On October 26, 2020, FERC issued an order on rehearing sustaining its previous order in which it accepted PJM Interconnection, L.L.C.’s (“PJM”) proposed revisions to the PJM Operating Agreement related to the Regional Transmission Expansion Plan (“RTEP”) that allow project developers to submit voluntary binding cost commitment proposals and that specify PJM’s methodology for considering the cost-effectiveness of such proposals. FERC disagreed with arguments raised by certain PJM transmission owners that the revisions would usurp FERC’s authority, that they lacked specificity, and that the revisions were not submitted in compliance with the procedural requirements of PJM’s Operating Agreement.

FERC’s October 2020 order follows a March 2020 order in which FERC accepted PJM’s proposed revisions to Schedule 6 of the PJM Operating Agreement, which describes the competitive proposal window process used to develop the RTEP (see March 31, 2020 edition of the WER). PJM’s proposed revisions clarified that submitting a binding cost commitment is voluntary, but that any proposals including a binding cost commitment should define which elements of the proposal are binding, and that PJM would evaluate competing proposals by assessing the quality and effectiveness of a binding cost commitment or non-binding cost estimate against the resulting, comparative risk to be borne by ratepayers. In accepting PJM’s proposed revisions, FERC disagreed with commenters on several points, including that: (i) the revisions would usurp FERC’s regulatory role and were contrary to the filed rate doctrine; (ii) the revisions lacked specificity as to PJM’s comparative evaluation process; and (iii) PJM did not submit the proposed changes to the PJM Board of Managers and thereby failed to comply with the requirements of the Operating Agreement. Several PJM transmission owners filed a joint request for rehearing on those three findings.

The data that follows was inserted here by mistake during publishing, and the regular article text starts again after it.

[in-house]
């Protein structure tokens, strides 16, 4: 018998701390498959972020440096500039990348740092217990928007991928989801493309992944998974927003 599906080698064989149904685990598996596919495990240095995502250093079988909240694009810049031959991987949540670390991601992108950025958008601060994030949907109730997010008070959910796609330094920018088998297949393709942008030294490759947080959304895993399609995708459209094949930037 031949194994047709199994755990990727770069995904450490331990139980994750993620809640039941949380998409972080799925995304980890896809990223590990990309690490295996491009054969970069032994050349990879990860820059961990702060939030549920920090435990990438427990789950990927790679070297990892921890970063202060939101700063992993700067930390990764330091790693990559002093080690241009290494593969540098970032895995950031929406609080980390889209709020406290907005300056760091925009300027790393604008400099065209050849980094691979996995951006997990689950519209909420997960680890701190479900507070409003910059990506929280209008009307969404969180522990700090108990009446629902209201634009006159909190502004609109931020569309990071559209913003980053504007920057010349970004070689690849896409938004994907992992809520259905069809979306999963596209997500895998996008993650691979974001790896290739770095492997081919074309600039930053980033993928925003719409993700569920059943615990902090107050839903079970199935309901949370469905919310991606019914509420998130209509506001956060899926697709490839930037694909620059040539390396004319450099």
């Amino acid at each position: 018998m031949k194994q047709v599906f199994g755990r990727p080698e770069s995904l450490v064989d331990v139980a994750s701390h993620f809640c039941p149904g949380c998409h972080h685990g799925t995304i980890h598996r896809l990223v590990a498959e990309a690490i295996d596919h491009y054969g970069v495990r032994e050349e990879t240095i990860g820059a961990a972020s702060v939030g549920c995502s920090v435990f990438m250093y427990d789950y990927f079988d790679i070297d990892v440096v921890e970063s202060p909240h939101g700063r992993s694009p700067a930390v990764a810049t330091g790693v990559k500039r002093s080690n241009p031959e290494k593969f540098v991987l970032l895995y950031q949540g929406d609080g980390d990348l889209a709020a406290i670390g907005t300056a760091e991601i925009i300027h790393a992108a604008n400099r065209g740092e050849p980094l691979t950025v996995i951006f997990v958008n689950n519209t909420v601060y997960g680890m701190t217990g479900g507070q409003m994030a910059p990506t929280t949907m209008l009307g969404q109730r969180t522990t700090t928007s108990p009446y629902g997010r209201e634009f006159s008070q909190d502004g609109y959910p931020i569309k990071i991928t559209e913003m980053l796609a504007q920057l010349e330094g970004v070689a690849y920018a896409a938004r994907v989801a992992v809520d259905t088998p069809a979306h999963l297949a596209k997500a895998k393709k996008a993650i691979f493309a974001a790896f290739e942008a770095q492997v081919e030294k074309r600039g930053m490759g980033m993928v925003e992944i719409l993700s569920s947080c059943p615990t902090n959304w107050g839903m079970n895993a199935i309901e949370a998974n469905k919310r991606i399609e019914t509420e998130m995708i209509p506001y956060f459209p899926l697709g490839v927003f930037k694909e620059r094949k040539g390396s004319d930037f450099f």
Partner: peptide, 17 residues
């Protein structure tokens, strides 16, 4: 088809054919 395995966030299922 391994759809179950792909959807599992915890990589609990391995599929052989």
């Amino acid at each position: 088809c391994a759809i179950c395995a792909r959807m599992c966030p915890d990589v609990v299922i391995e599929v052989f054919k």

In its October 2020 order, FERC agreed with its previous determination that PJM’s revisions did not delegate FERC’s statutory ratemaking role to PJM or to PJM’s Independent Market Monitor, and further found that PJM would not have with the ability to determine whether the costs, ROE, and/or capital structure provided in binding cost commitment proposals would result in just and reasonable rates. With respect to the comparative evaluation process, FERC disagreed that it ignored arguments that PJM’s proposal lacked specificity. Instead, FERC found that PJM’s proposed process only deviated from the previous Operating Agreement language in that it added requirements that allow for the binding cost commitments and described the information needed to determine the binding nature of such commitment. Finally, FERC sustained its previous finding that public postings of the revisions on the PJM website gave the PJM Board of Managers the opportunity to provide comments, and therefore the revisions complied with the procedural requirements of the Operating Agreement.

FERC’s October 2020 order is available here.